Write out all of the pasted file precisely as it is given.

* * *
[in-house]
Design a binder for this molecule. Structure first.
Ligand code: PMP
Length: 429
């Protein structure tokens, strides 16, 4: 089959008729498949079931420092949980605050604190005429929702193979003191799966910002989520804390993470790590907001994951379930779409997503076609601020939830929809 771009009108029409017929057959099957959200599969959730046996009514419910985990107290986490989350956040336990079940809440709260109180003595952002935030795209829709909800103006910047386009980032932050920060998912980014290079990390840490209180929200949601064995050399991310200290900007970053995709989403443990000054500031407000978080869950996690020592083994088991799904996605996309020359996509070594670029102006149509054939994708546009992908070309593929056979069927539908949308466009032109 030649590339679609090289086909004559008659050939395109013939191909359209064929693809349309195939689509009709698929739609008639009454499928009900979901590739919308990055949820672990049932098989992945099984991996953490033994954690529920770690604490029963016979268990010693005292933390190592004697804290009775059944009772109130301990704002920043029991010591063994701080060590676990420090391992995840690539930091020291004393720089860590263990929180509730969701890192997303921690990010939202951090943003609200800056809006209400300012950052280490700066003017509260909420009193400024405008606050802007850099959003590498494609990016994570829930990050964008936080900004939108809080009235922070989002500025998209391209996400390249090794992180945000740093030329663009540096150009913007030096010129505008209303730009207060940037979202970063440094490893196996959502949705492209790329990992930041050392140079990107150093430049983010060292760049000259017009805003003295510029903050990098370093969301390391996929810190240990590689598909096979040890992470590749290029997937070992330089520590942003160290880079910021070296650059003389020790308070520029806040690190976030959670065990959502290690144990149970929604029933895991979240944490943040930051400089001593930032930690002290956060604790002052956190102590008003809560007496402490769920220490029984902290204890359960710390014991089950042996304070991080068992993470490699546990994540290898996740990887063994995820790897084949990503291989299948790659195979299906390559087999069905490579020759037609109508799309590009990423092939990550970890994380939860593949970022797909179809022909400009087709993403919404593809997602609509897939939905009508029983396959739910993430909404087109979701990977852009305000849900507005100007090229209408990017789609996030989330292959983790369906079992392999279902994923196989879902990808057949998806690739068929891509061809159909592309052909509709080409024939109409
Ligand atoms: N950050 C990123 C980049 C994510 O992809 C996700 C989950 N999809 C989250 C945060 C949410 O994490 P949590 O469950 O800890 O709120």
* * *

[in-house]
Design a binder for this molecule. Structure first.
Ligand code: PMP
Length: 429
């Protein structure tokens, strides 16, 4: 089959008729498949079931420092949980605050604190005429929702193979003191799966910002989520804390993470790590907001994951379930779409997503076609601020939830929809 771009009108029409017929057959099957959200599969959730046996009514419910985990107290986490989350956040336990079940809440709260109180003595952002935030795209829709909800103006910047386009980032932050920060998912980014290079990390840490209180929200949601064995050399991310200290900007970053995709989403443990000054500031407000978080869950996690020592083994088991799904996605996309020359996509070594670029102006149509054939994708546009992908070309593929056979069927539908949308466009032109 030649590339679609090289086909004559008659050939395109013939191909359209064929693809349309195939689509009709698929739609008639009454499928009900979901590739919308990055949820672990049932098989992945099984991996953490033994954690529920770690604490029963016979268990010693005292933390190592004697804290009775059944009772109130301990704002920043029991010591063994701080060590676990420090391992995840690539930091020291004393720089860590263990929180509730969701890192997303921690990010939202951090943003609200800056809006209400300012950052280490700066003017509260909420009193400024405008606050802007850099959003590498494609990016994570829930990050964008936080900004939108809080009235922070989002500025998209391209996400390249090794992180945000740093030329663009540096150009913007030096010129505008209303730009207060940037979202970063440094490893196996959502949705492209790329990992930041050392140079990107150093430049983010060292760049000259017009805003003295510029903050990098370093969301390391996929810190240990590689598909096979040890992470590749290029997937070992330089520590942003160290880079910021070296650059003389020790308070520029806040690190976030959670065990959502290690144990149970929604029933895991979240944490943040930051400089001593930032930690002290956060604790002052956190102590008003809560007496402490769920220490029984902290204890359960710390014991089950042996304070991080068992993470490699546990994540290898996740990887063994995820790897084949990503291989299948790659195979299906390559087999069905490579020759037609109508799309590009990423092939990550970890994380939860593949970022797909179809022909400009087709993403919404593809997602609509897939939905009508029983396959739910993430909404087109979701990977852009305000849900507005100007090229209408990017789609996030989330292959983790369906079992392999279902994923196989879902990808057949998806690739068929891509061809159909592309052909509709080409024939109409
Ligand atoms: N950050 C990123 C980049 C994510 O992809 C996700 C989950 N999809 C989250 C945060 C949410 O994490 P949590 O469950 O800890 O709120």